I don't know what fishing with fathers is normally like, but I imagine words like serenity, bonding, man-time, and peacefulness come up a lot. I can't say that my childhood experiences didn't contain all of these at various points, but overall the feeling was different. More of an endurance test with hints of warzone strategy.

I can still remember the dreams that he would wake me from while our house sat quietly under the siege of night. Preparations made in silence, a piece of toast for me, a coffee for him, maybe an apple or two for later. Not much though as we usually packed light to ensure absolute efficiency. Rods and paddles were retrieved from the dark depths of the woodshed while the dusty lifejackets hung on the same hooks they would always hang on, lonely and forgotten.

The 20-minute walk down the mountainside on which our homestead sat was also usually done in silence. Dad was never one for initiating conversation and I was usually too tired to bother. I recall wondering, on more than one occasion, if the 5 a.m. start was really necessary. Did the early bird really catch the worm? Or were there worms around all day and we just forfeited the comfort of a warm bed to tramp around with headlamps for no reason?

 Once at the water's edge we would grab our battered canvas canoe from the undergrowth where it lived, next to my Uncle Chris' unstable tiger-striped one, and carry it down the rocky shore, me using every muscle in my body, Dad using a thumb and forefinger. Then, after stringing up our rods and tying on a lure, we would quietly bid farewell to the mountain's toes and set off under the dim light of a looming dawn, paddles slicing the water like scalpels.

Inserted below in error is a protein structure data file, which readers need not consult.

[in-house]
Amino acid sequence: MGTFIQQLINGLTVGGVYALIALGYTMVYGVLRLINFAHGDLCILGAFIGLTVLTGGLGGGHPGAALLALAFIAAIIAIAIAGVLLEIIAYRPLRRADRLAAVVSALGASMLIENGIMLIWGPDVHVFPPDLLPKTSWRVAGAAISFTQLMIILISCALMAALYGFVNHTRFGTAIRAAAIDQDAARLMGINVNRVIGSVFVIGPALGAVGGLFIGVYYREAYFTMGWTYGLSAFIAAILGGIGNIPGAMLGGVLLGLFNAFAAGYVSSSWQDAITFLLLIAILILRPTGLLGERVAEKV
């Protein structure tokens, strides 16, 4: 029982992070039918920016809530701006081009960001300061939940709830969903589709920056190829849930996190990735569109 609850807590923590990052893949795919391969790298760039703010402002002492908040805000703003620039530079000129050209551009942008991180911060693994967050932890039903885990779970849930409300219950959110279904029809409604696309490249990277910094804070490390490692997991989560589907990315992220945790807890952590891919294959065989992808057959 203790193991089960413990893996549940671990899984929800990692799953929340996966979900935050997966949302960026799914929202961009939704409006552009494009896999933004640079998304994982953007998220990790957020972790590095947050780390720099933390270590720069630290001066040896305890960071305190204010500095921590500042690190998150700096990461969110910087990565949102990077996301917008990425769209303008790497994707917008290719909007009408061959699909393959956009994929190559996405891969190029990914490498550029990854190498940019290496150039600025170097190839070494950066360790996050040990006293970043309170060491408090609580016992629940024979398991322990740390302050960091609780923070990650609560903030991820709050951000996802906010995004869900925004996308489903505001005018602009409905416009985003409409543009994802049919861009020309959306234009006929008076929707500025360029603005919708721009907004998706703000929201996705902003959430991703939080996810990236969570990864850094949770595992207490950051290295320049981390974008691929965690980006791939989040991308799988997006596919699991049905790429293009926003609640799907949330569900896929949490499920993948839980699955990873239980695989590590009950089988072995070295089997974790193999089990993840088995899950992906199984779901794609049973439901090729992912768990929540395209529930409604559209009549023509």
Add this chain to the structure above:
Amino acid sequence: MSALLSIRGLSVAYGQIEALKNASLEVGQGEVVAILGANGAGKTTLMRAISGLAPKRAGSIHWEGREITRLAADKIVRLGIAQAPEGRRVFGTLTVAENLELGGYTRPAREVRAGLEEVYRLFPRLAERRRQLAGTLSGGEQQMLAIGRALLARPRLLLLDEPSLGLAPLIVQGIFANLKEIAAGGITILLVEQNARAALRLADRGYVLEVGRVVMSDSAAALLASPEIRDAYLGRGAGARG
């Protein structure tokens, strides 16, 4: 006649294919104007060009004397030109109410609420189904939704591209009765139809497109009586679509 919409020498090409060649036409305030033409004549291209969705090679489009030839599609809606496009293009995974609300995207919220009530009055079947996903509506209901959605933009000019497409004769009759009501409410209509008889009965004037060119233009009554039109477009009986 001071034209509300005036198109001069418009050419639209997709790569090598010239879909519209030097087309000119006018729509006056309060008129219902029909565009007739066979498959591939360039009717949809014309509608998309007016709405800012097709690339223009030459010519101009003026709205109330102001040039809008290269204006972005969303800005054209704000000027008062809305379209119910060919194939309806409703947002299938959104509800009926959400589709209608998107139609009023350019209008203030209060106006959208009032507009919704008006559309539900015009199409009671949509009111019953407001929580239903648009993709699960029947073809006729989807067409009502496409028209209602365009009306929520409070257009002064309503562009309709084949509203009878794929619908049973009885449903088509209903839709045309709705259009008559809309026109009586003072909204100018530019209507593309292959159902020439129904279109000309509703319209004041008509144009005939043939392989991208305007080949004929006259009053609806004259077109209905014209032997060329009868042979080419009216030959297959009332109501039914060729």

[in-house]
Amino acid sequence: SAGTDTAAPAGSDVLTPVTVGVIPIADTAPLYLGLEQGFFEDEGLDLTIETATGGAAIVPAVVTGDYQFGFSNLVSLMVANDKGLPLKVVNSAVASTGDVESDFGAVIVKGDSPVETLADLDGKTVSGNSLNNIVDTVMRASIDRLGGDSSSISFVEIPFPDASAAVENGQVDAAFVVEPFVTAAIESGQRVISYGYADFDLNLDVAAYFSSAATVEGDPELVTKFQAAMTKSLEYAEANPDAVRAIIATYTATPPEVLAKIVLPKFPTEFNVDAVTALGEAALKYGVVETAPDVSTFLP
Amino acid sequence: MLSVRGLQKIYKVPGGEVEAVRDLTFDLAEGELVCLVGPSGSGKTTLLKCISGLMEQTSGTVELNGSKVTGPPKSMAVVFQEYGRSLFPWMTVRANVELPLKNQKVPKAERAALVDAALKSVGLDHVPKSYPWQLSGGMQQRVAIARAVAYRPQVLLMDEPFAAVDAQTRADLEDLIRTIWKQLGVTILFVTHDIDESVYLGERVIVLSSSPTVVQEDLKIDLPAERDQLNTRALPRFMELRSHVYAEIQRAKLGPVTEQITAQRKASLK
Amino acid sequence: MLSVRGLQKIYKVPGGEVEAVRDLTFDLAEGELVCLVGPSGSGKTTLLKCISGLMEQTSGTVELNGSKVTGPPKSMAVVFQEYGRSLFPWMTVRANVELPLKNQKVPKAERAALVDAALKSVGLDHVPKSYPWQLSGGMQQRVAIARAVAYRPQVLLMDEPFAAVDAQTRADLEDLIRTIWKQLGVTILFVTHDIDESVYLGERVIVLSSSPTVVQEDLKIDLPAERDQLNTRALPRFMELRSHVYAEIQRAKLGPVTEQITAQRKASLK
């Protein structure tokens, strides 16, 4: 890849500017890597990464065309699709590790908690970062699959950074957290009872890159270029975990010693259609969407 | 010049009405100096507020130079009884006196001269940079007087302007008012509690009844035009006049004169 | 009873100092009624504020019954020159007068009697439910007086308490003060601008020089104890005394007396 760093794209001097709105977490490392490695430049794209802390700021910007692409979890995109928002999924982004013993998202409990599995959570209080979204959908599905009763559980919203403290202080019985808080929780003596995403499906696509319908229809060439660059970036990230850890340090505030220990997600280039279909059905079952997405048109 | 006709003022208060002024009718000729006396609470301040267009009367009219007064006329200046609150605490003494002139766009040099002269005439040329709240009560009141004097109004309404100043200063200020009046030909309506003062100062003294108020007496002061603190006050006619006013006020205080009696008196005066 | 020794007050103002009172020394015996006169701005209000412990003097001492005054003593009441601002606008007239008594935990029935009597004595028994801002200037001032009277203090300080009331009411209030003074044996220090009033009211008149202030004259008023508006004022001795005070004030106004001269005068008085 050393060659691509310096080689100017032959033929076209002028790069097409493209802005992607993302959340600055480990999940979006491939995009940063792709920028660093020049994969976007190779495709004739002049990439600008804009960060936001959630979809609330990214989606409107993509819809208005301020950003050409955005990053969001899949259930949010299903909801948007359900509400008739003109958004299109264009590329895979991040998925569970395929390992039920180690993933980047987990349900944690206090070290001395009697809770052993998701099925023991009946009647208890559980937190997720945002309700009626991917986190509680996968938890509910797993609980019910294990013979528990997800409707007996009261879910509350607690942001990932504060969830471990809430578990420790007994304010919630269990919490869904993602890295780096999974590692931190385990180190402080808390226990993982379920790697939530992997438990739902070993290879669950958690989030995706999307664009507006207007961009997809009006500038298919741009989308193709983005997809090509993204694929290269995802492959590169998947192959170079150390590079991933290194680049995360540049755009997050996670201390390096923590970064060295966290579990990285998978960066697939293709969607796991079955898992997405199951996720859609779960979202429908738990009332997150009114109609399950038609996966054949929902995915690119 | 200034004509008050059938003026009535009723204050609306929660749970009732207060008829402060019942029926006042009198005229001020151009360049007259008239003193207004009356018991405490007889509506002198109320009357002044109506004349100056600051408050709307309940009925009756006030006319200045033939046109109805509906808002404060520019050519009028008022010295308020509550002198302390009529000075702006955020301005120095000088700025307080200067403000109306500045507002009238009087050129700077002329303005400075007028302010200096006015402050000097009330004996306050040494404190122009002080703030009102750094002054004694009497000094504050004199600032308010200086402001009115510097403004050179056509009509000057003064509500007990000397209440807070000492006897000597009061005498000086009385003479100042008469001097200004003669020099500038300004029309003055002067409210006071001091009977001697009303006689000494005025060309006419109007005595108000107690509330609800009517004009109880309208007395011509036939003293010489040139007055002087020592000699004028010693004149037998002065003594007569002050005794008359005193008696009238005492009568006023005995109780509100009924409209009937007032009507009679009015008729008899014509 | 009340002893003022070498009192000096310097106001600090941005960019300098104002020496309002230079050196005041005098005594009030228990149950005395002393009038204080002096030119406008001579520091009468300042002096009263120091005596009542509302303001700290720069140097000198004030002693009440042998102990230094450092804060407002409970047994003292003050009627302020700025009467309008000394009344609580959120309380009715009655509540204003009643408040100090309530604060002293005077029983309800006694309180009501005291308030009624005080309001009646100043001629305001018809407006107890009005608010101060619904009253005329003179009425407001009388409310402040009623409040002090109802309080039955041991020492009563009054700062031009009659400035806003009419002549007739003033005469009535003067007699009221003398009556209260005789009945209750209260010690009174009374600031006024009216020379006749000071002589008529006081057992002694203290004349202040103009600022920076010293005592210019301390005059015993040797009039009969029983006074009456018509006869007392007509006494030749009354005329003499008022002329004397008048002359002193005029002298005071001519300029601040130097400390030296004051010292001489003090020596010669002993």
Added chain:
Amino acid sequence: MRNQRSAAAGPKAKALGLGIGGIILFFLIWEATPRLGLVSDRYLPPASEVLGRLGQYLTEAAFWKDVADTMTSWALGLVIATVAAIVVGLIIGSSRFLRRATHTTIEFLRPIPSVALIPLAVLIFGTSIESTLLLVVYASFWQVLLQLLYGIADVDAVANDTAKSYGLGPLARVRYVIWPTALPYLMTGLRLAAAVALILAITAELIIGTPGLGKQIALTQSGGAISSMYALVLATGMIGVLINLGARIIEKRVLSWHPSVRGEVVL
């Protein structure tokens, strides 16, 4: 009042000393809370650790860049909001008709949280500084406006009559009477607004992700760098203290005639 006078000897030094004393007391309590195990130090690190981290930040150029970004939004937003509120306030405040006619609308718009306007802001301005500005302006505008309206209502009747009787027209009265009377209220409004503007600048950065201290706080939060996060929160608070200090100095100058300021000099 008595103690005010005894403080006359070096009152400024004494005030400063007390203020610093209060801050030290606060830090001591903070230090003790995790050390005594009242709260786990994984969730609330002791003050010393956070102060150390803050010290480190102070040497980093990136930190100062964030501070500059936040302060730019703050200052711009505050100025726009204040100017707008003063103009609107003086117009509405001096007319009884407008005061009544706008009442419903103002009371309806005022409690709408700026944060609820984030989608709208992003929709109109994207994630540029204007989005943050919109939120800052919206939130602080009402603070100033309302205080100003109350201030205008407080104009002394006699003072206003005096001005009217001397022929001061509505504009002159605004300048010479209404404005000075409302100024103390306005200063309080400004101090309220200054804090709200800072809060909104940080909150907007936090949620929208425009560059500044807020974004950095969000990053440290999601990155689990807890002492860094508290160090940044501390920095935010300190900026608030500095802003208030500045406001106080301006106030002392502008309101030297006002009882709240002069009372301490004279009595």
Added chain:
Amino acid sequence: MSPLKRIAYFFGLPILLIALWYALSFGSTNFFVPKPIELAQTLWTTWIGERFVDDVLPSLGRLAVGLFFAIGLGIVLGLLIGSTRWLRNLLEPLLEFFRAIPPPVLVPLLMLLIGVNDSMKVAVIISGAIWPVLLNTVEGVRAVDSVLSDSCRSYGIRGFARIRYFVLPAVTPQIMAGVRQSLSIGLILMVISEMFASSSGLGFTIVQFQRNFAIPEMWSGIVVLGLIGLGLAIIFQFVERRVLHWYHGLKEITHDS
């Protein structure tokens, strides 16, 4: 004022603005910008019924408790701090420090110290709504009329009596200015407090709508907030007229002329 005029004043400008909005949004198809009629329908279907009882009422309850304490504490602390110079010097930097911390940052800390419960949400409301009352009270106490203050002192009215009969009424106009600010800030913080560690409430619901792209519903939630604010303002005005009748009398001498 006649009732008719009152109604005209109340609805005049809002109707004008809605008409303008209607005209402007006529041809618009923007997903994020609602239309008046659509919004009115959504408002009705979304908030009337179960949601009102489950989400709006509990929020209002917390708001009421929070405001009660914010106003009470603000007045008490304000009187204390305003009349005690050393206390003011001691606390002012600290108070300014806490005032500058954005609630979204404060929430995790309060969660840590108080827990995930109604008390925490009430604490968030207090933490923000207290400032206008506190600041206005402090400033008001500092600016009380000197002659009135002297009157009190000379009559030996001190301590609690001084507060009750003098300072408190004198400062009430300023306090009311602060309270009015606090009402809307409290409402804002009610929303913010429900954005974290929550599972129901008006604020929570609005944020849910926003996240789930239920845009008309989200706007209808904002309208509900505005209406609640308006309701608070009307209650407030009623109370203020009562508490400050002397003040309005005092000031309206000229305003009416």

To fully appreciate this story you need to see my father.  You need to feel him sitting at the back of the canoe in worn black jeans and a green jacket with some kind of nondescript ball cap atop his balding head. What few hairs he does have are being cherished and nurtured into a grey ponytail that snakes it's way down his back like a skinny waterfall. His fishing rod is locked between his knees and his purposeful paddle-strokes propel us forward in short, sudden bursts. He is a loving,no-nonsense man who grew up too fast and didn't spend quite enough time with the general public, which is probably one of the reasons why we left the house so early.

The other reason is that we didn't usually fish where everyone else did. Instead, we would cross the imaginary line made by the orange triangles marking the legal fishing boundary and head upstream. It's not that my dad didn't enjoy the ritual of fishing, but rather, that above all, we were putting food on the table, so why fuck around? The fish were more plentiful up the river, so we went up the river.

It's not as though it was always like this. A constant battle of life and death waged over the simple act of obtaining food. There were the other moments too. The stumbling upon herds of sleeping elk, the steam rising off their bodies mingling with the mists of the morning; the fish that got away, always bigger than the ones we took home to Mom, and the feelings of accomplishment that always returned in our back pockets whether we caught anything or not. We had done something to be proud of, even if it was against the rules.

The danger only added to the appeal and gave us a secret to share. Our mission was simple: get in, get out, and leave no man behind.